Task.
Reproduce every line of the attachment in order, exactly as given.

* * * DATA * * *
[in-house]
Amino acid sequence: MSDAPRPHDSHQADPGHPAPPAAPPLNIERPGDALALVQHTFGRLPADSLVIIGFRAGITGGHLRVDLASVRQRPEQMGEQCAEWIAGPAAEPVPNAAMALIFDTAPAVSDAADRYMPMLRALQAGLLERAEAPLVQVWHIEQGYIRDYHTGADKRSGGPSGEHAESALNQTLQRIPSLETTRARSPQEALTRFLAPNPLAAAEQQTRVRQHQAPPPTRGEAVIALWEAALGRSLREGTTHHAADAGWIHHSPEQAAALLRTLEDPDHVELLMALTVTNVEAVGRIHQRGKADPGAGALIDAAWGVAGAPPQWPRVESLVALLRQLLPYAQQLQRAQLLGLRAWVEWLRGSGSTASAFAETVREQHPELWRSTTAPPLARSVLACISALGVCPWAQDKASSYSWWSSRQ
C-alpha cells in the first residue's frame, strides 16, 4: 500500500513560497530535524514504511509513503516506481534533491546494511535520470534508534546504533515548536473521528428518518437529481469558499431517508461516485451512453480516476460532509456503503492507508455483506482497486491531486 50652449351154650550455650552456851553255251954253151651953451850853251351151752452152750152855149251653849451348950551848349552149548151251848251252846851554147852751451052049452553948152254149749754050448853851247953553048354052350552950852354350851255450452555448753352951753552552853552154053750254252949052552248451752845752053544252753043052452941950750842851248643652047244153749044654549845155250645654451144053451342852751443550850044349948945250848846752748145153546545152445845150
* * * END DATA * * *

[in-house]
Amino acid sequence: MSDAPRPHDSHQADPGHPAPPAAPPLNIERPGDALALVQHTFGRLPADSLVIIGFRAGITGGHLRVDLASVRQRPEQMGEQCAEWIAGPAAEPVPNAAMALIFDTAPAVSDAADRYMPMLRALQAGLLERAEAPLVQVWHIEQGYIRDYHTGADKRSGGPSGEHAESALNQTLQRIPSLETTRARSPQEALTRFLAPNPLAAAEQQTRVRQHQAPPPTRGEAVIALWEAALGRSLREGTTHHAADAGWIHHSPEQAAALLRTLEDPDHVELLMALTVTNVEAVGRIHQRGKADPGAGALIDAAWGVAGAPPQWPRVESLVALLRQLLPYAQQLQRAQLLGLRAWVEWLRGSGSTASAFAETVREQHPELWRSTTAPPLARSVLACISALGVCPWAQDKASSYSWWSSRQ
C-alpha cells in the first residue's frame, strides 16, 4: 500500500513560497530535524514504511509513503516506481534533491546494511535520470534508534546504533515548536473521528428518518437529481469558499431517508461516485451512453480516476460532509456503503492507508455483506482497486491531486 50652449351154650550455650552456851553255251954253151651953451850853251351151752452152750152855149251653849451348950551848349552149548151251848251252846851554147852751451052049452553948152254149749754050448853851247953553048354052350552950852354350851255450452555448753352951753552552853552154053750254252949052552248451752845752053544252753043052452941950750842851248643652047244153749044654549845155250645654451144053451342852751443550850044349948945250848846752748145153546545152445845150